Bitcoin and Ethereum Options Trading at Deribit and FTX
This article is obsolete
Please read the new article about “options trading” I wrote 2 years later
Have you ever tried leverage trading bitcoin, ethereum, or any other altcoins? Are you often right about the market direction but get stopped out or liquidated before the trade goes in your favor?
Did you try to leverage trade like a big boy on Bitmex, Deribit, or ftx.com, but unlike one, you are too much of an amateur to manage your position (add or decrease size). Or do you successfully trade with leverage but would like to hedge? Fear not. Trading options might be something for you!
With trading options, you can long/short bitcoin or ethereum but without getting liquidated! Yes, you won’t get liquidated by the noise in the market. Also, no funding rate. In this article
I’ll show you the basics of options trading. I decided to write this article since many articles about option trading are confusing. For example, they often give some Investopedia definitions of options that don’t make it any simpler. Neither do they explain how actually to make the trade and what to look for?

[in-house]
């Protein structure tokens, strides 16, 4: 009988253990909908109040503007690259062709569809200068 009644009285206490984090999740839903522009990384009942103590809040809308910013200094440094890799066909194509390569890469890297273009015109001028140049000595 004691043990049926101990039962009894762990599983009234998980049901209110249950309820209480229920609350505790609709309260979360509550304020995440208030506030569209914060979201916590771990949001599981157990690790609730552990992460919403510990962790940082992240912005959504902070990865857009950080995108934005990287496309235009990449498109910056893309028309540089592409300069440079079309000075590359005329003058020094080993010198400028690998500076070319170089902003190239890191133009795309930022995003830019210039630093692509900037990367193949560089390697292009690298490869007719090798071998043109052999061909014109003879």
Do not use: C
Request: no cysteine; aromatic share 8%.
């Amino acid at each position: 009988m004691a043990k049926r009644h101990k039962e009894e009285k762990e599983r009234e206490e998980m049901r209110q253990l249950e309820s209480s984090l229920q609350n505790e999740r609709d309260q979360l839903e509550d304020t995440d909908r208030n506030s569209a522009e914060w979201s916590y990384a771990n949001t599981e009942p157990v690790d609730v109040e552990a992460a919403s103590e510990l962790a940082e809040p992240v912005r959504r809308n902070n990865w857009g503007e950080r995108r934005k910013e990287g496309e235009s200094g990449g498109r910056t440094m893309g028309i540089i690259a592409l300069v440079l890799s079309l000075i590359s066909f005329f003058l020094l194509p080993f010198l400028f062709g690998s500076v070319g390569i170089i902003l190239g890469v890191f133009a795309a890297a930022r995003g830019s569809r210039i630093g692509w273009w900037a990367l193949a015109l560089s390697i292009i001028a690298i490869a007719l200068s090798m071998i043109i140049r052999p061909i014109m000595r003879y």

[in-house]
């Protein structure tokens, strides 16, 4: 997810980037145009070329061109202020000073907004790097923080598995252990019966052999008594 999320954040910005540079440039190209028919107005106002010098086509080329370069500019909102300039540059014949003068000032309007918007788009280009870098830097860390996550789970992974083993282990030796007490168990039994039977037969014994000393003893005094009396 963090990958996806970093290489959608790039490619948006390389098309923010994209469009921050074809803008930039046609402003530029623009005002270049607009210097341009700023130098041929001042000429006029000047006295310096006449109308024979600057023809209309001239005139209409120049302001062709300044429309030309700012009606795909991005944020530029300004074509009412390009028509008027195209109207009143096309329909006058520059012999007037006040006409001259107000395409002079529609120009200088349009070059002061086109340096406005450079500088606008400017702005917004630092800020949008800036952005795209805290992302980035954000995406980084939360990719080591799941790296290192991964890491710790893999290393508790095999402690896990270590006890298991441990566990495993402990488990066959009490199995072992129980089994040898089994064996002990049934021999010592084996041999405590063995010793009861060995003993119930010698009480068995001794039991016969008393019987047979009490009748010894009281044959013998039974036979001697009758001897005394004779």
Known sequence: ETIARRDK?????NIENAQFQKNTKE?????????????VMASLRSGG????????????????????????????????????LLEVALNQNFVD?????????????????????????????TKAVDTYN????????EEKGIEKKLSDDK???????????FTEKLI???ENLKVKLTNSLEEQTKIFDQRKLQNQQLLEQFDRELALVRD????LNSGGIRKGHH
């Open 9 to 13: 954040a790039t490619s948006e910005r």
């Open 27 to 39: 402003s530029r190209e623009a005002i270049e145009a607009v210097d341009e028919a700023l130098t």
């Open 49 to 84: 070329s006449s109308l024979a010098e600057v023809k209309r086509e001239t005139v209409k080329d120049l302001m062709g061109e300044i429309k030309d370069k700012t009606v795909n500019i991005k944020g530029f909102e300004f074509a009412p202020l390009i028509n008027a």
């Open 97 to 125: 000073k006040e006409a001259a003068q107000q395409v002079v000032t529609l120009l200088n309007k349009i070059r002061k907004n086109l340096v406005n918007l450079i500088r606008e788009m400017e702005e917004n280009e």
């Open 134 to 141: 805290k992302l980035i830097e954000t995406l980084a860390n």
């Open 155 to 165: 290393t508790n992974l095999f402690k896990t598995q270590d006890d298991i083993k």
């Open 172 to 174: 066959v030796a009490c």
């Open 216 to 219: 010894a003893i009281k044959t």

Did you ever try making a bet with a friend? “In May 2020, BTC will be above $20k, and we will all have a girlfriend,” for example? Okay, maybe without the girlfriend part. The winner, for example, gets 1 BTC. At some point, your friends pussy out of the bet like that time in the club when your friends said they would approach that girl, but after 10 steps distance, they pussy’s out and say, “Ah fuck it, boys, not in the mood today.” Anyways with options, you can make that bet on an exchange like Deribit or Ftx.com
But here’s the significant part. Let’s say you make this bet when Bitcoin price is at $9k, and somewhere in April, it’s at $15k. You’re in profit because the price is way above $9k, and you can close the trade. You don’t have to wait till may/expiration date.
Options can also be used to buy/sell volatility. (But that goes beyond the scope of this article since this will only cover the basics).